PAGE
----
When I’m asked about my “aha” moment, I usually shrug – because it was more of an “uh-uh” than “aha.” The year prior to starting One Kings Lane, I had no intention of disrupting the home furnishings business; in fact, I had no intention of starting any business. I already had a job, but I was looking to furnish my new house and liked the freedom of doing it mostly on my own in my post-working hours (i.e. “online”). My frustration at the lack of accessibility to great furniture online led me to repeatedly ask the question, “Why do I need a designer to make these purchases for me?” I asked it so many times, that I finally had to answer the question all by myself and THAT was my process …I had a need and no one else was filling it.
When people tell me they want to be entrepreneurs, I wonder what that even means. I don’t know how one starts with a need to “entrprenureate” because my desire was driven from a place of need, or what we now call “a white space.” In my view, a specific interest or need is a more natural starting place than the idea of creating a business just because you want a business.
I have enjoyed and continue to enjoy a productive working life—it is just the way I am made. I am currently creating my third career at In The Groove because no one was speaking to my ageless group of friends about what they want to learn, see, do, and buy. And so, once again, I am rolling up own sleeves.
I probably learned this ethos from my father, Arthur Krakower, who certainly would have been a “pillar” builder in good standing. My father reinvented himself three times. Each career was impressive and successful in different ways. The one common thread was that he defied the odds. Failure wasn’t ever an option.
My dad grew up in the Bronx in a home with a single mother and modest means. He was a voracious reader, always hungry for knowledge. He was also a kick-ass retailer and commercial real estate developer. Along the way, he fell in love with art, design, and the classics. He began his third career as a painter, and honed his craft at 80 years young when he received an MFA from California College of Arts. Even as a fine artist, he approached his work with an eye for building a business. He would ask his dealer, “What kind of paintings are selling?” And then he would paint those kinds of paintings, and sell them all.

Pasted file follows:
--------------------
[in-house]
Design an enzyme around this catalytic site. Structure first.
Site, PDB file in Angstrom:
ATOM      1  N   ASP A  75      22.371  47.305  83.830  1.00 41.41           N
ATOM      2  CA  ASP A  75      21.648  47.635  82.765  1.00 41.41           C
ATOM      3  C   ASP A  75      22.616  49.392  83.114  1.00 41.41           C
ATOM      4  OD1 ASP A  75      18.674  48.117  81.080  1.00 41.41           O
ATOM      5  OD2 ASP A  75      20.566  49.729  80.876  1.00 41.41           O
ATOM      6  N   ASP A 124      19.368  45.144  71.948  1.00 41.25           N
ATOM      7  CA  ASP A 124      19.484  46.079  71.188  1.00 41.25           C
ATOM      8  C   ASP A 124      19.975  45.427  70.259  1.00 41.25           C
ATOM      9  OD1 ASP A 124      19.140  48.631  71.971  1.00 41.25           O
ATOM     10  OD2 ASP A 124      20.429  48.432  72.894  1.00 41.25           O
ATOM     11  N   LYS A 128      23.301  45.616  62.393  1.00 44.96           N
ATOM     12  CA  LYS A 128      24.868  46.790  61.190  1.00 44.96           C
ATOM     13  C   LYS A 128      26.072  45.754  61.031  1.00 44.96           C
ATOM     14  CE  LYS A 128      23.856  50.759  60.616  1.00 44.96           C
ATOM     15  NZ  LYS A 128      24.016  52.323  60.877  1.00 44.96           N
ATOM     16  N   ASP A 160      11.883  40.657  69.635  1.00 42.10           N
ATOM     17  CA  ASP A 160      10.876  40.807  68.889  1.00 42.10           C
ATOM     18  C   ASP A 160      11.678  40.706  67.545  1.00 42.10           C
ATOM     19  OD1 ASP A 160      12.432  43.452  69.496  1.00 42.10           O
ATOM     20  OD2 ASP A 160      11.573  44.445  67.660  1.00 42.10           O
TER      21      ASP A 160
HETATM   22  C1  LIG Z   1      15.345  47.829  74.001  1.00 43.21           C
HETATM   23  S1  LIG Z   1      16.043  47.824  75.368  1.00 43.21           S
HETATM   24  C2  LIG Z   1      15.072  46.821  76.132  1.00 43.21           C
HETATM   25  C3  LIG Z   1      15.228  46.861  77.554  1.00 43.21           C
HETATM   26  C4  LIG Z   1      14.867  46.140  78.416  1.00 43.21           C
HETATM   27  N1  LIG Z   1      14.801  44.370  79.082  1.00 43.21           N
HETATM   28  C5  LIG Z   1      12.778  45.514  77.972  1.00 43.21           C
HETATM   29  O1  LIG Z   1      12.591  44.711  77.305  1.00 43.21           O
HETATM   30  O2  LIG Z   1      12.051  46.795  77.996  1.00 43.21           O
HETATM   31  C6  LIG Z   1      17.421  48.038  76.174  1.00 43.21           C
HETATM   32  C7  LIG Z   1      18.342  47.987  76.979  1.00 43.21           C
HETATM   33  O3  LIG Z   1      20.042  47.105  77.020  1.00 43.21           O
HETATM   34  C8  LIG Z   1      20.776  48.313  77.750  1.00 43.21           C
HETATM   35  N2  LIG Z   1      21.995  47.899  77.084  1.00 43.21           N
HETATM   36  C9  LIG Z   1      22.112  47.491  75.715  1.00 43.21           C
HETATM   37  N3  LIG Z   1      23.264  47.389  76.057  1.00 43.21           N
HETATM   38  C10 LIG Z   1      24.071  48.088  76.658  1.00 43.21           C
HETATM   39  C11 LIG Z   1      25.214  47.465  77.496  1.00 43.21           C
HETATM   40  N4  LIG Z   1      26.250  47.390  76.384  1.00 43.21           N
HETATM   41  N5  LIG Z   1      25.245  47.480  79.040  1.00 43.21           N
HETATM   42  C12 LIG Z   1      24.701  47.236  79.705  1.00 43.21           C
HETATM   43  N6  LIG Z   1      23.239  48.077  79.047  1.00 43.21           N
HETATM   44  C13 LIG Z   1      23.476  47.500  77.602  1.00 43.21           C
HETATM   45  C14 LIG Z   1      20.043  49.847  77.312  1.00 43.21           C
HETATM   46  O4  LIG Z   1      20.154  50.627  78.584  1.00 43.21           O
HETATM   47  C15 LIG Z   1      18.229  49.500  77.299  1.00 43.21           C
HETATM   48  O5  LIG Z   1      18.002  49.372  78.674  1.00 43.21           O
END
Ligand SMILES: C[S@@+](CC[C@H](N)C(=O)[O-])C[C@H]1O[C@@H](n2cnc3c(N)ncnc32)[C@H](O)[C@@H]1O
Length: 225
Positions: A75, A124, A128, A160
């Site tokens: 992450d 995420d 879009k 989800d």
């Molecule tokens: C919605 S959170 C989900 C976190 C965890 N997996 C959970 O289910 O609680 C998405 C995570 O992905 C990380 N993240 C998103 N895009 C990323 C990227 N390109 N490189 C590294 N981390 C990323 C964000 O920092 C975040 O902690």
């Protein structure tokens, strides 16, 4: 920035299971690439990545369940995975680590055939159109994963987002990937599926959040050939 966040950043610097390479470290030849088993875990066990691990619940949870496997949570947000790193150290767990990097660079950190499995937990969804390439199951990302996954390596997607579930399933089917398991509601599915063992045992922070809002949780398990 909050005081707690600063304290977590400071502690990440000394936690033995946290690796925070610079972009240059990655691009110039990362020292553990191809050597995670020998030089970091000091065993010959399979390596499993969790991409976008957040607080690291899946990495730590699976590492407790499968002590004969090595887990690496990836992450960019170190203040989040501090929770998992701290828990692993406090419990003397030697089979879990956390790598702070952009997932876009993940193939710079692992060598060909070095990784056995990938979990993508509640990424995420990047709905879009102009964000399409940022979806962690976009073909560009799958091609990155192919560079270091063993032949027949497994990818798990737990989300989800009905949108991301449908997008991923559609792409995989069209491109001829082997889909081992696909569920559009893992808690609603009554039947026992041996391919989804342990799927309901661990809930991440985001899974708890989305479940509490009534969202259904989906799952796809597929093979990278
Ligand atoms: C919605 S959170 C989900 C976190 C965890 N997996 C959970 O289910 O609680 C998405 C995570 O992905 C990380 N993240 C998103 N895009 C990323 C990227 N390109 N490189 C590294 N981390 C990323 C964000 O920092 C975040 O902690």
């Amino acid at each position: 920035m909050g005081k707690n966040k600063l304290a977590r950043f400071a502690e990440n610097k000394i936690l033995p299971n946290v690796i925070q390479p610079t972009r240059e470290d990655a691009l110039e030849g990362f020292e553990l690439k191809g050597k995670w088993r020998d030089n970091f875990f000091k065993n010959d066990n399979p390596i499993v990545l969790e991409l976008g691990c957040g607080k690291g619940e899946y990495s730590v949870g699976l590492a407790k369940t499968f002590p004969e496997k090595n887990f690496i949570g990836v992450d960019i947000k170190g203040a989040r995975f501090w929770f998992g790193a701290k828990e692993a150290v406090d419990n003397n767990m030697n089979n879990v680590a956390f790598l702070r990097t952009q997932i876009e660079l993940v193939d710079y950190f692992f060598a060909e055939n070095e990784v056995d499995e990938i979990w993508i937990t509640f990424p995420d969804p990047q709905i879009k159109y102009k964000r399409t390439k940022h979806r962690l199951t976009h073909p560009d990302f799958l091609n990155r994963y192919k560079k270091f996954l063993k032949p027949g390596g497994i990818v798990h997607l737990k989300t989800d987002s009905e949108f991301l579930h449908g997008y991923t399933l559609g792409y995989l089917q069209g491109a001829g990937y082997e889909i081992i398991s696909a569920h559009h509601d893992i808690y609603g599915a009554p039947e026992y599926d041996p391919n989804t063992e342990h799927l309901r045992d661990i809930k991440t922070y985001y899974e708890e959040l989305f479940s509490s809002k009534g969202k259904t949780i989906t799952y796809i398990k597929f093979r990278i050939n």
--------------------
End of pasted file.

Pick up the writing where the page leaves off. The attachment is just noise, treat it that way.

What did I learn about business as Arthur’s daughter? Most likely more than I’ll ever know (and few things that I’ll keep to myself), but the Top Three Lessons follow. These are my gift to you as a celebration of his life:
- Never ever stop learning. Like they say, if you don’t use it you lose it. Do whatever you need to do to stay relevant and informed.
- Lead by example. Be the first to work and the last to leave until you can trust that your colleagues all have the same goal: to be successful. He would have loved the 24/7 ethos of today’s work world and railed against the idea of “Generation Me.” There was no “me” in my father’s eyes, only “we.”
- Embrace change. Change was the pep in my father’s step. New challenges are the secret sauce to a successful career. If you don’t like what you’re doing, change the way you’re doing it. If you can’t afford the change, change the way you think about.
And to those three foundational beliefs, I’ll add a fourth one of my own: If you are looking to expand your Creativity + Innovation Pillar, start by being happy. Today’s work isn’t the cold potato fields of my father’s Russian forbearers. Creating something new and giving it to the world is one of the most fulfilling things a person can do. And I just won’t ever stop trying.
Susan Feldman is the co-founder of the ground-breaking lifestyle brand, One King’s Lane, and the founder of In The Groove, a lifestyle destination for age-defying women.